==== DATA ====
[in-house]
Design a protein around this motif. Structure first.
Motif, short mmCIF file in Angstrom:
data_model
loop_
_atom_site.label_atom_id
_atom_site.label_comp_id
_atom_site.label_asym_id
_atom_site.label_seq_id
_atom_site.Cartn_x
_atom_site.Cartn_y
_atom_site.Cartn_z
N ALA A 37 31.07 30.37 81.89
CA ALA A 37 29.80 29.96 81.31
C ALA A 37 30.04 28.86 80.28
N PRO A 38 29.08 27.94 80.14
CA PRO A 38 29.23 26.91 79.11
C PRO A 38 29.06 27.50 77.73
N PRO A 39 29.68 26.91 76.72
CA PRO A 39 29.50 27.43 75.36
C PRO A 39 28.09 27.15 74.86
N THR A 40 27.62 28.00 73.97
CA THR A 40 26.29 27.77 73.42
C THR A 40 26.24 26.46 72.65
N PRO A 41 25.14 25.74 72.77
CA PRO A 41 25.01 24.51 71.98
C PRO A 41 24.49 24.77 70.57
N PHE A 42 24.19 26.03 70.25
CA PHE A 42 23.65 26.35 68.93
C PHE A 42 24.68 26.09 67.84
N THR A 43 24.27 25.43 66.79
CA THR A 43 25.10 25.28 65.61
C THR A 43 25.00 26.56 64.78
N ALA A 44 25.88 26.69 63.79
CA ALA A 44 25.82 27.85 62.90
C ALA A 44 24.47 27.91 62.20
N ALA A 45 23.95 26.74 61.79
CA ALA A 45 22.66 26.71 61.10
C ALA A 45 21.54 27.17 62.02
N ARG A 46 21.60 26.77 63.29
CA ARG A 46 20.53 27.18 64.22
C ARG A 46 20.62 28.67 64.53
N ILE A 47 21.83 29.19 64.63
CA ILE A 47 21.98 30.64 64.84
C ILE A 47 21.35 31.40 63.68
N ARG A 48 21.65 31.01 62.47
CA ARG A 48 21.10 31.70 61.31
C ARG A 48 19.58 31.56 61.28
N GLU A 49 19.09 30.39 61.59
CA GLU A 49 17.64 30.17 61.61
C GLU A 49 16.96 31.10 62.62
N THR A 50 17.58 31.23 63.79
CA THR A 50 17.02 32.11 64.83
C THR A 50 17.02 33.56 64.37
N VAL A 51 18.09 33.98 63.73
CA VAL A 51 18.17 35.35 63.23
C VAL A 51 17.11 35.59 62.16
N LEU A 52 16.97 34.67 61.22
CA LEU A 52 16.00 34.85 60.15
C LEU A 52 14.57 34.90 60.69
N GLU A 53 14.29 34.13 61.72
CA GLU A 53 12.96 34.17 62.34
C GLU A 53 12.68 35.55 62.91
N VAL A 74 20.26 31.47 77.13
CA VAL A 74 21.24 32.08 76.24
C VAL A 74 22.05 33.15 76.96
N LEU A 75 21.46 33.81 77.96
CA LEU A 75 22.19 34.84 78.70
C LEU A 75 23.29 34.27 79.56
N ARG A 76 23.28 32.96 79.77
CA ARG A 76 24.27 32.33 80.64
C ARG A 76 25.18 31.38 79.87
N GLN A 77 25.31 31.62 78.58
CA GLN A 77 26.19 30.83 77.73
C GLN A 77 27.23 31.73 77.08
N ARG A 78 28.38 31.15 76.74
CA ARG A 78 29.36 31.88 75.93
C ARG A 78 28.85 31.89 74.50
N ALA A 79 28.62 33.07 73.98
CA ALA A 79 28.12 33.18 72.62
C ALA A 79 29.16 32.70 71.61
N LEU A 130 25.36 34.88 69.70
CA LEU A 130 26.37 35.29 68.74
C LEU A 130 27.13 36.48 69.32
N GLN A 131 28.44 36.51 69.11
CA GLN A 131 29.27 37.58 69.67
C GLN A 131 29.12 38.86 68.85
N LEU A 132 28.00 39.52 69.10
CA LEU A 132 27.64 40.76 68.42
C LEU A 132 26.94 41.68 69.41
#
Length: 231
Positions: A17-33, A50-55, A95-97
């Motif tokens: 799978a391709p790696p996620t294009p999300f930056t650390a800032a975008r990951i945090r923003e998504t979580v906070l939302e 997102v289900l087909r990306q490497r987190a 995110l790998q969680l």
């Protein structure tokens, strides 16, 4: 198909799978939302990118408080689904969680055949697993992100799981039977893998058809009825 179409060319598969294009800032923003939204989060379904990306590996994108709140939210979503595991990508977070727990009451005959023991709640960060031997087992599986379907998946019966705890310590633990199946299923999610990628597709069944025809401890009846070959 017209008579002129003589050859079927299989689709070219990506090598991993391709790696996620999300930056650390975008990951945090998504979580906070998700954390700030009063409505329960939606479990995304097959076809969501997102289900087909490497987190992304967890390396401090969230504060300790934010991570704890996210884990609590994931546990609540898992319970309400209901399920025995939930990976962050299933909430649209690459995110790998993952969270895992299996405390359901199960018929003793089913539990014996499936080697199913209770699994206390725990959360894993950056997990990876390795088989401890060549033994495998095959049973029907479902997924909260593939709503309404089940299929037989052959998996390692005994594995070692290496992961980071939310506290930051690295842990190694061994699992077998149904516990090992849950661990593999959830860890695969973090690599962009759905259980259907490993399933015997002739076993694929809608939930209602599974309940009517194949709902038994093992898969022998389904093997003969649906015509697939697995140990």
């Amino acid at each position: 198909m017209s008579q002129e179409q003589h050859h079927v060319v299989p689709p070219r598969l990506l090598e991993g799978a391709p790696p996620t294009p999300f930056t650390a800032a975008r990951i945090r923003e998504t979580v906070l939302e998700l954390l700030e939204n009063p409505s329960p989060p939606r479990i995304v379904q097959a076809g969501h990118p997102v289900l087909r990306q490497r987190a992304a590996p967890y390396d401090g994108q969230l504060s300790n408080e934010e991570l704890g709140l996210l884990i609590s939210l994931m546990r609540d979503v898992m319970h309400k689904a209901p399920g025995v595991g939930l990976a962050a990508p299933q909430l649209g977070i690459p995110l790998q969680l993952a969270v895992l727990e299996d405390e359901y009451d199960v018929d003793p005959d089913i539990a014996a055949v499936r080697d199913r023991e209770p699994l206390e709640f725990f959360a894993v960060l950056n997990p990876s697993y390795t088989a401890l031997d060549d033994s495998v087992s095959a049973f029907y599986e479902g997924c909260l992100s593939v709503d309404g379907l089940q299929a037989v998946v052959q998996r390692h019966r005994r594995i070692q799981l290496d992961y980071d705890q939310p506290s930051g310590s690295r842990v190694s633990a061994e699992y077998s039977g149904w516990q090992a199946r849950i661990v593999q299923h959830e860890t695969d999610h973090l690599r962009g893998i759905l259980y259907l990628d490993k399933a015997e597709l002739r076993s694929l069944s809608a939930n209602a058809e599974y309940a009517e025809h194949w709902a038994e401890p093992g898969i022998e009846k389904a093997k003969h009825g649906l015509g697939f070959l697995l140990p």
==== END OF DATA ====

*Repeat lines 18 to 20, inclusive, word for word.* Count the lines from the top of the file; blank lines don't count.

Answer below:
C PRO A 38 29.06 27.50 77.73
N PRO A 39 29.68 26.91 76.72
CA PRO A 39 29.50 27.43 75.36